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Care Work: Dreaming Disability Justice de…
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Care Work: Dreaming Disability Justice (edição: 2018)

de Leah Lakshmi Piepzna-Samarasinha (Autor)

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1693128,997 (4.32)Nenhum(a)
In this collection of essays, Lambda Literary Award-winning writer and longtime activist and performance artist Leah Lakshmi Piepzna-Samarasinha explores the politics and realities of disability justice, a movement that centers the lives and leadership of sick and disabled queer, trans, Black, and brown people, with knowledge and gifts for all. Care Work is a mapping of access as radical love, a celebration of the work that sick and disabled queer/people of color are doing to find each other and to build power and community, and a tool kit for everyone who wants to build radically resilient, sustainable communities of liberation where no one is left behind. Powerful and passionate, Care Work is a crucial and necessary call to arms.… (mais)
Membro:CSUDHWRC
Título:Care Work: Dreaming Disability Justice
Autores:Leah Lakshmi Piepzna-Samarasinha (Autor)
Informação:Arsenal Pulp Press (2018), 304 pages
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Care Work: Dreaming Disability Justice de Leah Lakshmi Piepzna-Samarasinha

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I read this as part of my Crips on Couches Quarantine Book Club; it was a perfect pick. This book is largely about the disability justice movement, the lives of disability activists, and an analysis of ableism. But the core of it is intersectionality; an understanding of the overlapping identities and struggles that people face. If you are a queer and disabled femme of color (as the author is) very few activist spaces are really safe for you: homophobia, racism, sexism. ableism, are all rampant across the entire political spectrum.

This book is a collection of essays, focusing on various components of these issues. It's a great exploration of underappreciated labor and activism, in a field of under-recognized issues. The tone is inconsistent (a common issue with essay collections that vary formatting often), and not all of the conclusions feel as ground-breaking as others, especially reading it as a member of the disabled community.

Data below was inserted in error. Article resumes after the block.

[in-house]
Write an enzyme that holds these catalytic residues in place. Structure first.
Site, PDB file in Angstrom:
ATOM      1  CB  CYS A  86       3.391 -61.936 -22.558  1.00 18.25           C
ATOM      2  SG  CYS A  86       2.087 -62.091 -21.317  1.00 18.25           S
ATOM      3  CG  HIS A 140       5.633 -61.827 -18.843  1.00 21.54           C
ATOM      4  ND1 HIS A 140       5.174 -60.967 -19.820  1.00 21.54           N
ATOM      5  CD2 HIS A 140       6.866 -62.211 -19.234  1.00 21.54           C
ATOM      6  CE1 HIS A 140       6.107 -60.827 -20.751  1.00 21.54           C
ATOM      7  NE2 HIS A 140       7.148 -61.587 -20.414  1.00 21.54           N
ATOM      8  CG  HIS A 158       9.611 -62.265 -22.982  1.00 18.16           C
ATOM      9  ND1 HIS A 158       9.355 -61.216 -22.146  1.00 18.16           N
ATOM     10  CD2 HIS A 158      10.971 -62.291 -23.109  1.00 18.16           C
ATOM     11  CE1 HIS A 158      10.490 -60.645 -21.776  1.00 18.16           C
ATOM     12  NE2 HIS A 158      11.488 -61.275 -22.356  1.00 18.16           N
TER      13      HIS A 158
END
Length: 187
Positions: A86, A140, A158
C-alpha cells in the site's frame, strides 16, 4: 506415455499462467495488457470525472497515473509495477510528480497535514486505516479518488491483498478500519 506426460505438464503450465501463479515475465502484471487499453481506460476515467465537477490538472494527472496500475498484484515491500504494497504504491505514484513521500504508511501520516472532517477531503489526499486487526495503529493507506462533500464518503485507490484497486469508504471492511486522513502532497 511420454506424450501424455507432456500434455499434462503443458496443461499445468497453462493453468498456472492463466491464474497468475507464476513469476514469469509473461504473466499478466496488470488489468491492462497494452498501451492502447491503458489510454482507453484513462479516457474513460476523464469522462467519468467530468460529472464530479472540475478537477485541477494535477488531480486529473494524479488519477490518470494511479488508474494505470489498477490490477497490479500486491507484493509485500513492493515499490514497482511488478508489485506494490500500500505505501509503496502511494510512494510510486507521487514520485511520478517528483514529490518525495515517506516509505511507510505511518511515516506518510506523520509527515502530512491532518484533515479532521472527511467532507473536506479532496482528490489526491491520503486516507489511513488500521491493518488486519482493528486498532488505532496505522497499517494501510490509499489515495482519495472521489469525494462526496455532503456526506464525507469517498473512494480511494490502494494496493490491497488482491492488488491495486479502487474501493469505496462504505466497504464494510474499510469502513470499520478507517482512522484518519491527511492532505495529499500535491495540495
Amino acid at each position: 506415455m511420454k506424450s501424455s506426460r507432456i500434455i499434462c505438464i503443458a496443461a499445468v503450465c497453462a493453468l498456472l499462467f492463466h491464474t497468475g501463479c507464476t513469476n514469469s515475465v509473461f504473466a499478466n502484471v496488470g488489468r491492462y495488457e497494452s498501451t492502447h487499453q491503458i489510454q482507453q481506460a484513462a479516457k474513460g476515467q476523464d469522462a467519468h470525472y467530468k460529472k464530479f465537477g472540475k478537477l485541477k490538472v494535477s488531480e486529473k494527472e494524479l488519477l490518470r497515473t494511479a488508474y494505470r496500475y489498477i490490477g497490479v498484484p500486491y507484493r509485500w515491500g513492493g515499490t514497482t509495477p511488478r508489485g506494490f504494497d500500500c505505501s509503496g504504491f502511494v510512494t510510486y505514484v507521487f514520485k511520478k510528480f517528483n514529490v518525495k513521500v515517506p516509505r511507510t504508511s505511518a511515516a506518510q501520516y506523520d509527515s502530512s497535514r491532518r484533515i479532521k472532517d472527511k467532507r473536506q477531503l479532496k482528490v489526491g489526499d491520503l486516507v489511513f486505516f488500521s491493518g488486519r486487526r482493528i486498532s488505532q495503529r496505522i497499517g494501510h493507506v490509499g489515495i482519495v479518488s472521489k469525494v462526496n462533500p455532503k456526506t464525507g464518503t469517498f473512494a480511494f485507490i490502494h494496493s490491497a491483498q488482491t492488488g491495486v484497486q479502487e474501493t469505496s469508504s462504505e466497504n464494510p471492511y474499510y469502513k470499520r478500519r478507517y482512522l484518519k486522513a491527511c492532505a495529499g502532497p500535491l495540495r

However, when the essays are good, they're great. Some of these are worth hanging up on your wall.

It took about a month to read, off and on, but as my first real "quarantine" book it certainly delivered. ( )
  MaxAndBradley | May 27, 2020 |
Just powerful, and with so many resources and great ideas. Piepzna-Samarasinha does an amazing job of drawing together QTBIPOC crip brilliance and really exploring care from this perspective. Even just being exposed to ideas around different ways that care happens between disabled people, especially in disabled, working class queer and trans communities of color, is both theoretically rich and practically useful and hugely important. They also include actual resources on things like accessible venues, and recognize all of that work, of organizing those resources and then enacting them, among others, as labor that needs to be addressed and reciprocated within our means. Strongly, strongly encourage folks to read this, as it's given me a lot to chew on and more places to go from reading it. ( )
  aijmiller | Mar 6, 2020 |
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In this collection of essays, Lambda Literary Award-winning writer and longtime activist and performance artist Leah Lakshmi Piepzna-Samarasinha explores the politics and realities of disability justice, a movement that centers the lives and leadership of sick and disabled queer, trans, Black, and brown people, with knowledge and gifts for all. Care Work is a mapping of access as radical love, a celebration of the work that sick and disabled queer/people of color are doing to find each other and to build power and community, and a tool kit for everyone who wants to build radically resilient, sustainable communities of liberation where no one is left behind. Powerful and passionate, Care Work is a crucial and necessary call to arms.

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